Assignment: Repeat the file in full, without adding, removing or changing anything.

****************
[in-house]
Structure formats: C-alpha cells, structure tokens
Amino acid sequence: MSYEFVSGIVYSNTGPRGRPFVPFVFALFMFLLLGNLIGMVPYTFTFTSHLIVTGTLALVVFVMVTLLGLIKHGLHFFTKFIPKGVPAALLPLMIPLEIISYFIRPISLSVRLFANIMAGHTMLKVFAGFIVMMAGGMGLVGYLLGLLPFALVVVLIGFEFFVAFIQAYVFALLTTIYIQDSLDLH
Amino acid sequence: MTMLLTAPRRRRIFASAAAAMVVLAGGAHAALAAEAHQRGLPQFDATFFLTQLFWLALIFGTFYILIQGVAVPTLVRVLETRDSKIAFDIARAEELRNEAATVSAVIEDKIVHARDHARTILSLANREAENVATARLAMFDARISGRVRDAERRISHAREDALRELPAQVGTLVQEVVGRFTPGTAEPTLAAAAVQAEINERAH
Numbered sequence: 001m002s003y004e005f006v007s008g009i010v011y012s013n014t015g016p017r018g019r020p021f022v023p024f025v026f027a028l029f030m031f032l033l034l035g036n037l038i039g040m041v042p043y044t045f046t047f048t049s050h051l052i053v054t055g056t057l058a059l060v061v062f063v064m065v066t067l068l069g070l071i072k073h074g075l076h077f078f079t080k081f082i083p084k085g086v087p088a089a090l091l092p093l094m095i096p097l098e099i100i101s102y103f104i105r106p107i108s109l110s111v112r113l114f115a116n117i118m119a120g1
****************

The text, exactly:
[in-house]
Structure formats: C-alpha cells, structure tokens
Amino acid sequence: MSYEFVSGIVYSNTGPRGRPFVPFVFALFMFLLLGNLIGMVPYTFTFTSHLIVTGTLALVVFVMVTLLGLIKHGLHFFTKFIPKGVPAALLPLMIPLEIISYFIRPISLSVRLFANIMAGHTMLKVFAGFIVMMAGGMGLVGYLLGLLPFALVVVLIGFEFFVAFIQAYVFALLTTIYIQDSLDLH
Amino acid sequence: MTMLLTAPRRRRIFASAAAAMVVLAGGAHAALAAEAHQRGLPQFDATFFLTQLFWLALIFGTFYILIQGVAVPTLVRVLETRDSKIAFDIARAEELRNEAATVSAVIEDKIVHARDHARTILSLANREAENVATARLAMFDARISGRVRDAERRISHAREDALRELPAQVGTLVQEVVGRFTPGTAEPTLAAAAVQAEINERAH
Numbered sequence: 001m002s003y004e005f006v007s008g009i010v011y012s013n014t015g016p017r018g019r020p021f022v023p024f025v026f027a028l029f030m031f032l033l034l035g036n037l038i039g040m041v042p043y044t045f046t047f048t049s050h051l052i053v054t055g056t057l058a059l060v061v062f063v064m065v066t067l068l069g070l071i072k073h074g075l076h077f078f079t080k081f082i083p084k085g086v087p088a089a090l091l092p093l094m095i096p097l098e099i100i101s102y103f104i105r106p107i108s109l110s111v112r113l114f115a116n117i118m119a120g1